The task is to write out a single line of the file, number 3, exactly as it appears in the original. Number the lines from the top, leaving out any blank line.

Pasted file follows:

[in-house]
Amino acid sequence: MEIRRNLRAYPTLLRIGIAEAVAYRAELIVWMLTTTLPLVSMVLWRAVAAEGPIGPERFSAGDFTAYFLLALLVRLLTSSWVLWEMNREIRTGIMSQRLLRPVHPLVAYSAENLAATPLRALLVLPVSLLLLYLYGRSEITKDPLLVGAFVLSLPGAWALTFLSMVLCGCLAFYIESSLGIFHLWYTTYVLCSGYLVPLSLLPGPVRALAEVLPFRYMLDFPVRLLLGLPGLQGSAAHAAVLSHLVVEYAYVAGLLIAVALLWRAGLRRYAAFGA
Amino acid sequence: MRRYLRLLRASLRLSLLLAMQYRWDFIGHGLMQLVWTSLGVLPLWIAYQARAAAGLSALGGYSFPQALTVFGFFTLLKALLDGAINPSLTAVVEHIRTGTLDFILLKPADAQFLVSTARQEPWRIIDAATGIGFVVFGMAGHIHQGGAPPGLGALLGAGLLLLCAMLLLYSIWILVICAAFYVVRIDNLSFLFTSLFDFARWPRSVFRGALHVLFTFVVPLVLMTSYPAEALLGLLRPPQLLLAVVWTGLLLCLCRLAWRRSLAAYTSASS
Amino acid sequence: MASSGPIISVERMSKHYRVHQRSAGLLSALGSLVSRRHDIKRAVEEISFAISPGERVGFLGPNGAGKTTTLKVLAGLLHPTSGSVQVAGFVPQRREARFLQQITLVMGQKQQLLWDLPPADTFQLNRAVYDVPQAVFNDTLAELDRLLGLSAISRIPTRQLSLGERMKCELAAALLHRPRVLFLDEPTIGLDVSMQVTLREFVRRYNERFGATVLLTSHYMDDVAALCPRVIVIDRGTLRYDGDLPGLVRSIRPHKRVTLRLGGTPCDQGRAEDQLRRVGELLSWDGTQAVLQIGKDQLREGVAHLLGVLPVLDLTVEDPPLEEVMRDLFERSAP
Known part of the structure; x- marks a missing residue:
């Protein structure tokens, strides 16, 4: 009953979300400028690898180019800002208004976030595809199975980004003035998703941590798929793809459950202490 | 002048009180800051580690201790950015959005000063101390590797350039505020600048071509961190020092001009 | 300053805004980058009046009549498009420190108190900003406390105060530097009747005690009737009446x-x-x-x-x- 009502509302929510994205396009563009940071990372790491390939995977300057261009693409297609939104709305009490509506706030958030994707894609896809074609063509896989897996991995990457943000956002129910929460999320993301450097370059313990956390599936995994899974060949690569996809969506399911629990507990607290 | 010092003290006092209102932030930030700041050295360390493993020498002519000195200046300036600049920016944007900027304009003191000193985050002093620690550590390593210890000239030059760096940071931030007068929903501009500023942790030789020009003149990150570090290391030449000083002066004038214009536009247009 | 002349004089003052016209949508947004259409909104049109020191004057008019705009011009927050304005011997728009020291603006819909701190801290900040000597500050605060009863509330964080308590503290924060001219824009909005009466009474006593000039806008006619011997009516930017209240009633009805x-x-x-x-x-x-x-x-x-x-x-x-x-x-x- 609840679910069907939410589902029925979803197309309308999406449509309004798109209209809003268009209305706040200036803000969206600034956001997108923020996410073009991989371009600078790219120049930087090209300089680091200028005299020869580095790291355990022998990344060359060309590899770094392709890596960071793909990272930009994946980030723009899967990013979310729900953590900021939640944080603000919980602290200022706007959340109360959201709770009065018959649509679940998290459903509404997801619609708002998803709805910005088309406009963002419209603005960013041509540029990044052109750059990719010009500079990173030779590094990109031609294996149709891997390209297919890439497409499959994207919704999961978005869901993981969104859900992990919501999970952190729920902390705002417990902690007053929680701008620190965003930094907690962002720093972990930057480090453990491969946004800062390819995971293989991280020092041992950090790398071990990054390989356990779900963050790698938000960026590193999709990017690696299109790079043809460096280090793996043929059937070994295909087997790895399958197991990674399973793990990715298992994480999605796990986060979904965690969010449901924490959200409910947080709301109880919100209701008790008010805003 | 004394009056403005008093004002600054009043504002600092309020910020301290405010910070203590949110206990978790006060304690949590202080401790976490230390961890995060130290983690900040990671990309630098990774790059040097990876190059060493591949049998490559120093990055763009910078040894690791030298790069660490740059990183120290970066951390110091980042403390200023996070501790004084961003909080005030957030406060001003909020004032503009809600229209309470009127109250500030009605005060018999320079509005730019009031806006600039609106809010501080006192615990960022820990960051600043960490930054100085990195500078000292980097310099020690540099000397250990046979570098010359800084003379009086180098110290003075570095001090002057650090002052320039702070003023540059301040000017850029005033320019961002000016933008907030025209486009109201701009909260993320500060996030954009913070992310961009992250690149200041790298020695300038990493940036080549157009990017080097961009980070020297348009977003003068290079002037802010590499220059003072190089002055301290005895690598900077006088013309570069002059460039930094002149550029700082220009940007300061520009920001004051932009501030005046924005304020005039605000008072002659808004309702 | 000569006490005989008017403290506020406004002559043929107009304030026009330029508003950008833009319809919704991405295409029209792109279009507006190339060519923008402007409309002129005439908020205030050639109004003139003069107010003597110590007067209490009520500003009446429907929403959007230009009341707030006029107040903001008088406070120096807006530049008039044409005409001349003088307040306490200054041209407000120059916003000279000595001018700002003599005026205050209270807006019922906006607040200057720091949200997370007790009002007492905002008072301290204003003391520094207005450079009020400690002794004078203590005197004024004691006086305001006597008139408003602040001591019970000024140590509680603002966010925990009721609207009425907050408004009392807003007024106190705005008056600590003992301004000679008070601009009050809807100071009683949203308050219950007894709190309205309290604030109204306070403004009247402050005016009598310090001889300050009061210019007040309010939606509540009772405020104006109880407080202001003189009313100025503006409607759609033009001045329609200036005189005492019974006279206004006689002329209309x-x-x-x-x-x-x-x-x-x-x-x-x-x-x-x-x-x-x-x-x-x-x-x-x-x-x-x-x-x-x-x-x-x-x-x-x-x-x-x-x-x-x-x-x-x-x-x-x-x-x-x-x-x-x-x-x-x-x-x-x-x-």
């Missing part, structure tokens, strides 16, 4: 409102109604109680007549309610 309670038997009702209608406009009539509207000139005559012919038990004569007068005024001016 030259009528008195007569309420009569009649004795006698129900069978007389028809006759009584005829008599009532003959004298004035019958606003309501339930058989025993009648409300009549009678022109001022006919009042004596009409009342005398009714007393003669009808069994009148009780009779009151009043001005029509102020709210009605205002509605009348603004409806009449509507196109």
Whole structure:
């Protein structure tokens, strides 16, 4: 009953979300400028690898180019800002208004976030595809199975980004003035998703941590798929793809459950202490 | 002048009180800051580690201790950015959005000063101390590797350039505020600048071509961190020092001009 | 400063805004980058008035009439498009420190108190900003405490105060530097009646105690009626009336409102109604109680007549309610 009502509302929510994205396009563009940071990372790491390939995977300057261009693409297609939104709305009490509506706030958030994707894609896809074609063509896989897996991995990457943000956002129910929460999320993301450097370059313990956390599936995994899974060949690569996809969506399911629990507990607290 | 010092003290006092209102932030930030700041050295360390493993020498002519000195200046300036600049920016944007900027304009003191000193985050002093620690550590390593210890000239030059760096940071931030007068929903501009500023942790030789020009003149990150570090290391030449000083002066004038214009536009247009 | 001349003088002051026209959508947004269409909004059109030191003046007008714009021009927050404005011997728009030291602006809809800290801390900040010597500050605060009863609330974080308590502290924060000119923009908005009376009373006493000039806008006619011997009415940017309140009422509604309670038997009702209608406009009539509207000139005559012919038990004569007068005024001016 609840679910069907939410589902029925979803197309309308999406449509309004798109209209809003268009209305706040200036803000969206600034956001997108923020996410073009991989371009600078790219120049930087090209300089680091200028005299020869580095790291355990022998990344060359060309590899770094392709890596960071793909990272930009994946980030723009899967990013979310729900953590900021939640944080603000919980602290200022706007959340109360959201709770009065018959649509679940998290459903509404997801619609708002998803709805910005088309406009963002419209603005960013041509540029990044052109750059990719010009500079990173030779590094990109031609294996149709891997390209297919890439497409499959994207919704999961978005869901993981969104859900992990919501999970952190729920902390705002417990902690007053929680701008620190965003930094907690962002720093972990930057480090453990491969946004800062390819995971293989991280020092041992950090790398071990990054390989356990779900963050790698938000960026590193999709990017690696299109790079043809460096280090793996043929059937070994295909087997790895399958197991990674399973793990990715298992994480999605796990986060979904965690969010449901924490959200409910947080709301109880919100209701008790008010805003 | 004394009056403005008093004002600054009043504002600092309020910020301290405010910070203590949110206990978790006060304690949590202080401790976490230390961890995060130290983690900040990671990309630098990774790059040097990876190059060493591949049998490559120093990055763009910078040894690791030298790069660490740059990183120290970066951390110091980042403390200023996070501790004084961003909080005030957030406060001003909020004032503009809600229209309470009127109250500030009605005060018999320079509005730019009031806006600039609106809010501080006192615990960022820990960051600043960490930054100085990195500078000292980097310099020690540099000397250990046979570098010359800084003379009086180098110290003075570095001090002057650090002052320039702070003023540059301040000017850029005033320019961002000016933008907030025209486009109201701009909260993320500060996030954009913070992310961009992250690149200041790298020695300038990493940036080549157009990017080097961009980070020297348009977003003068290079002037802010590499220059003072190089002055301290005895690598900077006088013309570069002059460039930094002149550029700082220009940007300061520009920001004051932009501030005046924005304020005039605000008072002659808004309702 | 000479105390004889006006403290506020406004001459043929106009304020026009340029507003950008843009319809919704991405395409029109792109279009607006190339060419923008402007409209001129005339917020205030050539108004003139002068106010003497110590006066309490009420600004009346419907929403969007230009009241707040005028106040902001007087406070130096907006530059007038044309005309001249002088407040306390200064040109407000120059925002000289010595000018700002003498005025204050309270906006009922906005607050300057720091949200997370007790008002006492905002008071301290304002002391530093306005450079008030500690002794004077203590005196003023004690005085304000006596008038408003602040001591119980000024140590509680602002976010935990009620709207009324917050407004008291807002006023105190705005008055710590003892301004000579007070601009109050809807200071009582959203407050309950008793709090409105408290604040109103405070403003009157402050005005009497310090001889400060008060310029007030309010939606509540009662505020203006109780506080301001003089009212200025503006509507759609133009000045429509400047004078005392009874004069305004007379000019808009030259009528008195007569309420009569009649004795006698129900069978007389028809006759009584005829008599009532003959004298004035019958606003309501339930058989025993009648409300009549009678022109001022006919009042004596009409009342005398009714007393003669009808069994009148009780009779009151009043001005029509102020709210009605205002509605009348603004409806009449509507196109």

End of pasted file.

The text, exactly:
Amino acid sequence: MRRYLRLLRASLRLSLLLAMQYRWDFIGHGLMQLVWTSLGVLPLWIAYQARAAAGLSALGGYSFPQALTVFGFFTLLKALLDGAINPSLTAVVEHIRTGTLDFILLKPADAQFLVSTARQEPWRIIDAATGIGFVVFGMAGHIHQGGAPPGLGALLGAGLLLLCAMLLLYSIWILVICAAFYVVRIDNLSFLFTSLFDFARWPRSVFRGALHVLFTFVVPLVLMTSYPAEALLGLLRPPQLLLAVVWTGLLLCLCRLAWRRSLAAYTSASS